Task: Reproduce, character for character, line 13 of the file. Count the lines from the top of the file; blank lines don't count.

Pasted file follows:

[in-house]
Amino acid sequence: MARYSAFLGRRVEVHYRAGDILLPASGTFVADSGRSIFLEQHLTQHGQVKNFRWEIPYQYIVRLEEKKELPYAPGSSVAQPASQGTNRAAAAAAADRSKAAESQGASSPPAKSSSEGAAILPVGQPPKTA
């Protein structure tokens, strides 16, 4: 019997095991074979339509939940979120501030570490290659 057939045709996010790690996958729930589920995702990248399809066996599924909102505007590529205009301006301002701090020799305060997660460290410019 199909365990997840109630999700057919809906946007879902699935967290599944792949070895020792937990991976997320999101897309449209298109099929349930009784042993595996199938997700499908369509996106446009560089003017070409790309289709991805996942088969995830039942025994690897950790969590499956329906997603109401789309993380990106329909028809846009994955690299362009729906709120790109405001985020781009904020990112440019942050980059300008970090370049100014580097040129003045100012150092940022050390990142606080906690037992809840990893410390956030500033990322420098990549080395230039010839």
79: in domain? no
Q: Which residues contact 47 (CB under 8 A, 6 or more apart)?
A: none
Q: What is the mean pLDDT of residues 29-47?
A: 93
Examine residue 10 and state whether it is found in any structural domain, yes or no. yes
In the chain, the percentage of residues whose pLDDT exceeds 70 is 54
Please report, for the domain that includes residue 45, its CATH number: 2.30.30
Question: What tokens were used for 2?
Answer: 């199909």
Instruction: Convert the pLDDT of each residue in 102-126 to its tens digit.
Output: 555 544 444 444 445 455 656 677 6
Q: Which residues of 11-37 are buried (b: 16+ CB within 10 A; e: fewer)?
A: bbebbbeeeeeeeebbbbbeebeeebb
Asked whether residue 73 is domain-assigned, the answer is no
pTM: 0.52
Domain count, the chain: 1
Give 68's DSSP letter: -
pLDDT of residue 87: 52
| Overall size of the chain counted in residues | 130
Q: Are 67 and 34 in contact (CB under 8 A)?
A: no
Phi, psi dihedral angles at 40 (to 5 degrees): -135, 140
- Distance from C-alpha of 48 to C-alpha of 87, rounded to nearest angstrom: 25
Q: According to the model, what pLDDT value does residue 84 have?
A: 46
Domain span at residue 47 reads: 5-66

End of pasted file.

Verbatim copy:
Answer: 């199909």